Although I am studying microbiology en route to be a doctor, I spend much of my time and energy pursuing my second love – teaching. When I found the opportunity to teach in Ecuador, I was ecstatic. Having taken Spanish classes for all of high school and a semester in college, I knew that Ecuador would be a wonderful opportunity to enhance my Spanish education and pursue my love of teaching. I had wanted to become more fluent in Spanish and I had always wanted to travel to the Galapagos Islands, so I knew Ecuador would be a perfect fit for my month of volunteering.
Volunteering in Ecuador
Being introduced to my host family, my only qualm was my sub-par Spanish language skills. I was amazed, though, at how fast I began to understand and be able to speak with them. The family was more than accommodating to me and the other volunteers at their house. They would speak slower and simpler to help us understand; they would make an effort to talk to us and listened even as we struggled with the language barrier.
My favorite part of staying with my host family was family dinner every night. When we came home from teaching, the family and all the volunteers staying with them would sit around the big kitchen table and eat a family style meal. Our host family passed food around the table for each person to take what they want. It was a great way to end the day sharing food and talking about our day and experiences. The family genuinely seemed to care about how we were. They asked about the kids every day, they asked what our plans were for the week and they really tried to make us feel at home.
My first day teaching was absolutely the most memorable. The staff made it clear from that first day that they were there for support or anything we needed. They made an effort to get to know us, make us comfortable in our work place and help us adjust to a new culture from the very first minute they got us off the plane. Although no one is perfect and there were times where it was a struggle to communicate with a mostly Spanish-speaking staff, overall they far exceeded my expectations of the in-country support we would receive. The fact that some of them spoke little English just motivated me more to learn the language and be able to communicate with them in Spanish.
Remembering the kids’ faces on the first day still makes me smile. They got so excited by new volunteers and, like all kids, are very well behaved the first time they meet new adults. As the month went on, we went through new challenges, but also made great strides. As we got to know the kids, it was easier to know which activities they would respond well to and which areas of English they needed to work on the most. Developing a relationship with the kids was my favourite part of the experience.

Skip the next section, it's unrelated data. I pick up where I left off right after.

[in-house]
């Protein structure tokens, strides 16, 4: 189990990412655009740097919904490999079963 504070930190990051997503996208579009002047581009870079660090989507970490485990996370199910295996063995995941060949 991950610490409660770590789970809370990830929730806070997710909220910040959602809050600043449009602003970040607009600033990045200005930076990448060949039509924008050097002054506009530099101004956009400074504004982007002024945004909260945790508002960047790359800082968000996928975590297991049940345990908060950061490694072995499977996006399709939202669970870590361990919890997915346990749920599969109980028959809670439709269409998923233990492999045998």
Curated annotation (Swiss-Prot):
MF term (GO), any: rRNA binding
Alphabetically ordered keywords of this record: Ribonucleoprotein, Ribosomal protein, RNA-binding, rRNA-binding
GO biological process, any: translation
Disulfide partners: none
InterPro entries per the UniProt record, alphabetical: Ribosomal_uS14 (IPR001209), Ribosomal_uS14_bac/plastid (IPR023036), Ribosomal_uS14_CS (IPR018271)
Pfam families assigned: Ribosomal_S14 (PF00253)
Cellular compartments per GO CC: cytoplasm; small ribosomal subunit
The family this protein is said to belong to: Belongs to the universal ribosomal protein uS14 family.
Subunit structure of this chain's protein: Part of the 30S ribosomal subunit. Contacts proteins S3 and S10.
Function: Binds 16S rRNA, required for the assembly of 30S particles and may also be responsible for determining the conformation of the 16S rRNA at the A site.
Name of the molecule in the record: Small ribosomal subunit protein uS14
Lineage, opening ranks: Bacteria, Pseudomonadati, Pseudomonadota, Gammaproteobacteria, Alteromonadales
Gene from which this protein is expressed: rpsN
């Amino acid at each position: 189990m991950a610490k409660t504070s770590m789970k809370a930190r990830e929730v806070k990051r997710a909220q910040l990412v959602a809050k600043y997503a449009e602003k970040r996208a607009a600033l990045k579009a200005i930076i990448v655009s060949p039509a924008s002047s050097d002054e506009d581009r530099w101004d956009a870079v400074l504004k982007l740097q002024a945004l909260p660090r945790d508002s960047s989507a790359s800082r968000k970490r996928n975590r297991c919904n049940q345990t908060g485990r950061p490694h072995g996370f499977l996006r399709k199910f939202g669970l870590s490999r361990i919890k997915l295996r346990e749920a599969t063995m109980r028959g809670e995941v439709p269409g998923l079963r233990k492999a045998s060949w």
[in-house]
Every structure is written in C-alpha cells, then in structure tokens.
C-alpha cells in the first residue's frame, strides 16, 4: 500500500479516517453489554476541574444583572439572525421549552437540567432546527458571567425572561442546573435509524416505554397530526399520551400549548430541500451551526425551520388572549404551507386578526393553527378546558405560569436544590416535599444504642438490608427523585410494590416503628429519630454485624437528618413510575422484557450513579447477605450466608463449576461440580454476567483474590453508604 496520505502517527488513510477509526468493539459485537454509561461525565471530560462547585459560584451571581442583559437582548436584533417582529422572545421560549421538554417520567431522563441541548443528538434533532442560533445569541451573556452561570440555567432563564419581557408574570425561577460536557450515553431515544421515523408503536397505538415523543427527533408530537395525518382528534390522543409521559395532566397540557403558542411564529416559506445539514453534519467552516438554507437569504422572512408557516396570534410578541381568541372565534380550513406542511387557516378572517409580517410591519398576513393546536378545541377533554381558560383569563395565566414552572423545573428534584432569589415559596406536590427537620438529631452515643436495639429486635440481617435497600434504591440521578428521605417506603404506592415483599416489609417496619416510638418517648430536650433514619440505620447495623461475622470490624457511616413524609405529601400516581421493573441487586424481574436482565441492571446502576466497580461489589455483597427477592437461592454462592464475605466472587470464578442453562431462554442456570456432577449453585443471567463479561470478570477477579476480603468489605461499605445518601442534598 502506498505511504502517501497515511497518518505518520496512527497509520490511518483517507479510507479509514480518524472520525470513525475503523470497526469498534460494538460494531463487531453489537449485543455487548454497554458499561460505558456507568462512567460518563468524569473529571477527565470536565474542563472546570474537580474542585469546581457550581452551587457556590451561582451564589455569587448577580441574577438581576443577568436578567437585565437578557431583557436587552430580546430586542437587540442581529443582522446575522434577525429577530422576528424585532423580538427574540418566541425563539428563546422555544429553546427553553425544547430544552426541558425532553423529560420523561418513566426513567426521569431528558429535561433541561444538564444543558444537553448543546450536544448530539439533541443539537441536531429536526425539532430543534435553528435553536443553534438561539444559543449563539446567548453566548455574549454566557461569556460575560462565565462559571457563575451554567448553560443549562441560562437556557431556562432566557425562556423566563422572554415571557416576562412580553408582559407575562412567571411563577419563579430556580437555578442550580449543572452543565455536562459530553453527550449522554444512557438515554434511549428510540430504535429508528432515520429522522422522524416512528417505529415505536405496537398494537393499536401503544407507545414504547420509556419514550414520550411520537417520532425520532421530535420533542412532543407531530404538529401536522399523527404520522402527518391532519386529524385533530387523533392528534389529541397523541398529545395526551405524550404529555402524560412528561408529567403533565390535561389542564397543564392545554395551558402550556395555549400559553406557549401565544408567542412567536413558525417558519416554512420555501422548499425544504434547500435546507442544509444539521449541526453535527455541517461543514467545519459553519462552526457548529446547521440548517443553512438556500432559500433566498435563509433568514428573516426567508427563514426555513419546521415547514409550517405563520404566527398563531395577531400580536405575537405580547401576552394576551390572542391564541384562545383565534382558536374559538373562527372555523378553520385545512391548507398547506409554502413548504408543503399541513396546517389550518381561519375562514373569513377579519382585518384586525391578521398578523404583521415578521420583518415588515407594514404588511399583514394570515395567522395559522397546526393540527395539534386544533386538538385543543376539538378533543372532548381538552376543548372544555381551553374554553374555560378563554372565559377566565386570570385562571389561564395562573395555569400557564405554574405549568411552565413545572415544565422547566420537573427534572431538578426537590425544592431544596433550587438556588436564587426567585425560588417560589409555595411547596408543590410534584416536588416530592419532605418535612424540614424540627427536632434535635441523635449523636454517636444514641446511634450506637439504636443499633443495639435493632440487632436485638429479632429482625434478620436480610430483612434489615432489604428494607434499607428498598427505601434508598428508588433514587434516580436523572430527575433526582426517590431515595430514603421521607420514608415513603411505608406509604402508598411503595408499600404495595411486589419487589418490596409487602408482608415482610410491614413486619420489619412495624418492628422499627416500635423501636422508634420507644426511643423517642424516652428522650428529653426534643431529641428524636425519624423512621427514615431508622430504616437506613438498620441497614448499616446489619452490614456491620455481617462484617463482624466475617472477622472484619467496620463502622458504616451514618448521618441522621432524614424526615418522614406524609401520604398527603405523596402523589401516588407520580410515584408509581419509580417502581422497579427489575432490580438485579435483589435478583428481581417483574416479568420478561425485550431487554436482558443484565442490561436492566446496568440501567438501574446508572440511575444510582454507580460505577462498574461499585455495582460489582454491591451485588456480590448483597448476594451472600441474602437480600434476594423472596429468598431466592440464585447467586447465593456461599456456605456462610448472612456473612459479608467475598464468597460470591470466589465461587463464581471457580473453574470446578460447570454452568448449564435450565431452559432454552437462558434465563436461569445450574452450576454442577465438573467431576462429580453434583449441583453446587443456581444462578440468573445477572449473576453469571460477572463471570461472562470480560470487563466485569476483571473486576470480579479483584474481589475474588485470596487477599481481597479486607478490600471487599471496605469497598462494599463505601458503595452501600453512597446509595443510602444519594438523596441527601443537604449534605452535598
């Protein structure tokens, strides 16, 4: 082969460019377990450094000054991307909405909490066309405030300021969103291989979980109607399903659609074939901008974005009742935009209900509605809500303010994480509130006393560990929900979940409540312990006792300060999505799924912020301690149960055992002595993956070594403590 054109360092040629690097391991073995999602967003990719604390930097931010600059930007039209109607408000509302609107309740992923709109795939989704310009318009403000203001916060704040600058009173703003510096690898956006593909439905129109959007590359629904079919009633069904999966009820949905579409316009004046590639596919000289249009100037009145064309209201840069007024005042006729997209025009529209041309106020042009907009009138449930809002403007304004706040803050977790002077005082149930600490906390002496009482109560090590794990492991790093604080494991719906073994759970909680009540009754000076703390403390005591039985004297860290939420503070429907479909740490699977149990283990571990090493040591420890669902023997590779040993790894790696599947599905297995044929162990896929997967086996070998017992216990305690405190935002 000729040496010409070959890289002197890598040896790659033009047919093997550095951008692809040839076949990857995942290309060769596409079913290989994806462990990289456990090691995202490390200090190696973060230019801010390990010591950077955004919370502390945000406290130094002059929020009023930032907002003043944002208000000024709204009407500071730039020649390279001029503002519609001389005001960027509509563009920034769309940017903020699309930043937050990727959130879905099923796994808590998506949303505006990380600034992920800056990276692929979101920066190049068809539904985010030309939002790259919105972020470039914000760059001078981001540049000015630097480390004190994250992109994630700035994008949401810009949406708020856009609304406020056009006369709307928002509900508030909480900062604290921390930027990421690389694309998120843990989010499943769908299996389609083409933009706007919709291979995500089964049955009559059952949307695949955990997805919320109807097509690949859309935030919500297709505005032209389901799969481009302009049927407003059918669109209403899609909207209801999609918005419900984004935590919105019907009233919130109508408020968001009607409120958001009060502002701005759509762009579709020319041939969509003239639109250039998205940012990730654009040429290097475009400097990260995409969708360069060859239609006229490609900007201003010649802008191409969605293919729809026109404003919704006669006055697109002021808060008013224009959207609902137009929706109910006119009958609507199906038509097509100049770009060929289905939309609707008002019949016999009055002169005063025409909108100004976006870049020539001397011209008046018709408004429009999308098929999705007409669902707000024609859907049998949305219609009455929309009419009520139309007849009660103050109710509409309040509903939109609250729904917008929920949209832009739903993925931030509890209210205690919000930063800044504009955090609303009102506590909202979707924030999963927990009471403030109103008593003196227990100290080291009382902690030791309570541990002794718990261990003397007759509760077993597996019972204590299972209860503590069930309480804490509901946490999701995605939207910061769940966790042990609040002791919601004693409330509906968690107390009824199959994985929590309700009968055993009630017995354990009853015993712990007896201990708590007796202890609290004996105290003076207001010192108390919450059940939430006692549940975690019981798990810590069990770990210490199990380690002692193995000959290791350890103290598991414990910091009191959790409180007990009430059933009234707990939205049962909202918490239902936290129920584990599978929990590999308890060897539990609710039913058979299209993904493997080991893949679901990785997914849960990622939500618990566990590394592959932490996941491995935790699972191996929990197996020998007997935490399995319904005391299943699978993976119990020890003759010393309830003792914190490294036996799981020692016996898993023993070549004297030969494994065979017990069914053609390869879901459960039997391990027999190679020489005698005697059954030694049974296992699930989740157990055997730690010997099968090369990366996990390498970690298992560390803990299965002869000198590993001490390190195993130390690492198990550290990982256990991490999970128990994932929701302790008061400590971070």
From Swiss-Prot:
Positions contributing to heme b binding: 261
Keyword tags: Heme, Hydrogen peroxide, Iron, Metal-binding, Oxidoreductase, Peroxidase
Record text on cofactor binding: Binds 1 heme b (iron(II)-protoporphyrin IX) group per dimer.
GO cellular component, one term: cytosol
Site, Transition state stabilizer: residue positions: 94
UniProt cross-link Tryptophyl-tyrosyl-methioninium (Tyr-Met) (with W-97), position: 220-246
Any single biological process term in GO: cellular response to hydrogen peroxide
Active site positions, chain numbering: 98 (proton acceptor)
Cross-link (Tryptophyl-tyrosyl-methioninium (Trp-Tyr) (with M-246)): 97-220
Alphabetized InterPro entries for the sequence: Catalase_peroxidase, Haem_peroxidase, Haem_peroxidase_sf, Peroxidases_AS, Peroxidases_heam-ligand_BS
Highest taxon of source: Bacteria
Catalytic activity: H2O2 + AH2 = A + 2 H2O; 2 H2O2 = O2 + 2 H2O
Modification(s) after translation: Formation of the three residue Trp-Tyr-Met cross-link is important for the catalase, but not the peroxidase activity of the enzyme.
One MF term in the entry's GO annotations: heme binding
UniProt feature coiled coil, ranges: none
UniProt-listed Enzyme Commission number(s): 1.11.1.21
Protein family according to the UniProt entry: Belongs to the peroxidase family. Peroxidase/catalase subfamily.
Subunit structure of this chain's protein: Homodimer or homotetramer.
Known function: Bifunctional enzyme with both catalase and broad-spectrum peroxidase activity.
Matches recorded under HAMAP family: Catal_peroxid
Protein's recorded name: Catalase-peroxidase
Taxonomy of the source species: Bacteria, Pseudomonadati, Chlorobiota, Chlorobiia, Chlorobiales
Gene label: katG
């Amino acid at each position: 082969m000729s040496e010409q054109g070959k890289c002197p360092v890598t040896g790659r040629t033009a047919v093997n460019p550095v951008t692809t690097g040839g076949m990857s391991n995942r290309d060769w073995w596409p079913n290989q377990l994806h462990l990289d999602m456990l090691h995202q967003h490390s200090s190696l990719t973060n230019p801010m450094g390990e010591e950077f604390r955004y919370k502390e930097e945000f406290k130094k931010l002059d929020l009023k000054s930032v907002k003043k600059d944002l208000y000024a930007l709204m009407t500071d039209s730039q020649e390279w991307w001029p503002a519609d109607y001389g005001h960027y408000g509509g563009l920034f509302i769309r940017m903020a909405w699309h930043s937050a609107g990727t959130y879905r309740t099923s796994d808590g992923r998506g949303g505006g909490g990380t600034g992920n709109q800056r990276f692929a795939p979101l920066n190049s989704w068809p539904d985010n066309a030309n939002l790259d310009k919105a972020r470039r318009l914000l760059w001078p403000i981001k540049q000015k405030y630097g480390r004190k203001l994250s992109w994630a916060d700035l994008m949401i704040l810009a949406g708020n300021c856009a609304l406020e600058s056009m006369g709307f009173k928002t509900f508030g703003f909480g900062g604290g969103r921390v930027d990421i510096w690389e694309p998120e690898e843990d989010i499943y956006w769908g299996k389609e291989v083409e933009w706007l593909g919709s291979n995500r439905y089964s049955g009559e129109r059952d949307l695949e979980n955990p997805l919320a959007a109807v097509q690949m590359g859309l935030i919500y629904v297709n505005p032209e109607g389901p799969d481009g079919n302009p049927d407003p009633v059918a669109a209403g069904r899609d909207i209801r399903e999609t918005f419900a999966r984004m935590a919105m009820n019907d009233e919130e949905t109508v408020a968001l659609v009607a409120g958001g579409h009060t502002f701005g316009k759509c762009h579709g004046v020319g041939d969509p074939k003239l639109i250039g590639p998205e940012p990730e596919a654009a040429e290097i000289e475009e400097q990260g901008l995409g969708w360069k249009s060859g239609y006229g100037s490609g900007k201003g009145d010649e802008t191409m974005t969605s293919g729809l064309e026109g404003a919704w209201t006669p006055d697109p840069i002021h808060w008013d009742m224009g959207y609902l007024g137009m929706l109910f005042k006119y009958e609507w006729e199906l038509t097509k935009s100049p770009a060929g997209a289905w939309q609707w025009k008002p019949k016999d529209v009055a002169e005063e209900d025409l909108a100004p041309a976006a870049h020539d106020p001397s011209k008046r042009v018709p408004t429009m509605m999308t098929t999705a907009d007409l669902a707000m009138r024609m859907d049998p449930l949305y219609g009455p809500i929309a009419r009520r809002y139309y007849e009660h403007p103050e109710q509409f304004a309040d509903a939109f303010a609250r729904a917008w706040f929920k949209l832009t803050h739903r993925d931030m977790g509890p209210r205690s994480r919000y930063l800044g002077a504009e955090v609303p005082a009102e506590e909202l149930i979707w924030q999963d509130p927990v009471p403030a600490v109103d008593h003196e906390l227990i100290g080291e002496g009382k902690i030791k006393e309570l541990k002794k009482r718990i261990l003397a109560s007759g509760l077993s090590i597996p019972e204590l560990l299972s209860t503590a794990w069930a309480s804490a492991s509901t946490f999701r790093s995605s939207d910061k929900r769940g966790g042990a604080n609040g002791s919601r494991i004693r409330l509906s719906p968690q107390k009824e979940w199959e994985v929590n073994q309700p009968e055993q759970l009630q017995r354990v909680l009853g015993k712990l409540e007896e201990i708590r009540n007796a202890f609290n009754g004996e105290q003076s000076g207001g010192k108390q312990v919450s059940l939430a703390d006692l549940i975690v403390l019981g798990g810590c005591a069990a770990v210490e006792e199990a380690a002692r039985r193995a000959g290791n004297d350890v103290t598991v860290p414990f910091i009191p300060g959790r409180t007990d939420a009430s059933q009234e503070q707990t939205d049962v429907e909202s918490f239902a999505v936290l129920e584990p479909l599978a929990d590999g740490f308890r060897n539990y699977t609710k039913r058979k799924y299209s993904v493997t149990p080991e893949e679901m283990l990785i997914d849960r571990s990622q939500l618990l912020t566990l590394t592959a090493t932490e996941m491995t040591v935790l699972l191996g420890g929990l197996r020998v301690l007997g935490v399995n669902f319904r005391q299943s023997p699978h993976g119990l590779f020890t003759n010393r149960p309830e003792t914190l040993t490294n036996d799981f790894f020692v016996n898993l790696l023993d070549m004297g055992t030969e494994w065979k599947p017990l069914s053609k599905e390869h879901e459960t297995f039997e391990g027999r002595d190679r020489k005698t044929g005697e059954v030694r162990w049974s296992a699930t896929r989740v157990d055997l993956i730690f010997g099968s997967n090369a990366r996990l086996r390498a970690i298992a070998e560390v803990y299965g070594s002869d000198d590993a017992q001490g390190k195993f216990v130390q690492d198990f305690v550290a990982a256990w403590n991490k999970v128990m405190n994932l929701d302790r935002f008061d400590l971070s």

By the end of the second week, we were joking with the kids and really having fun during class instead of just lecturing or doing worksheets. My favourite class of the whole month was the class where we didn’t have any lesson planned, just a list of questions. We broke off into smaller groups of 3 or 4 kids and went around the circle asking and responding to questions in English. The kids responded extremely well to this lesson and besides the games we played, I would confidently say this was their favourite part of the class.
My overall experience
Overall, this experience was absolutely amazing and is something I will remember and talk about for the rest of my life. From teaching, to living with my host family, to seeing sea turtles, tortoises and iguanas all over the islands, it was worth every single dollar.
I feel like I really had a chance to grasp the culture of the islands, learn the language and make memories with the children we taught. I hope that my and other volunteers’ impact on the kids was as large as theirs was on us. If I made half as much of an impression on them as they made on me, I would be more than ecstatic. I am so grateful and lucky to have had this opportunity and I would absolutely recommend that anyone who has the means to volunteer abroad in Ecuador to do so.
The people of the Galapagos are more than welcoming and really make you feel like part of the island family. As soon as I have the chance to go back, I’ll be there in a second!
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This is a personal account of one volunteer’s experience on the project and is a snapshot in time. Your experience may be different, as our projects are constantly adapting to local needs and building on accomplishments. Seasonal weather changes can also have a big impact. To find out more about what you can expect from this project we encourage you to speak to one of our friendly staff.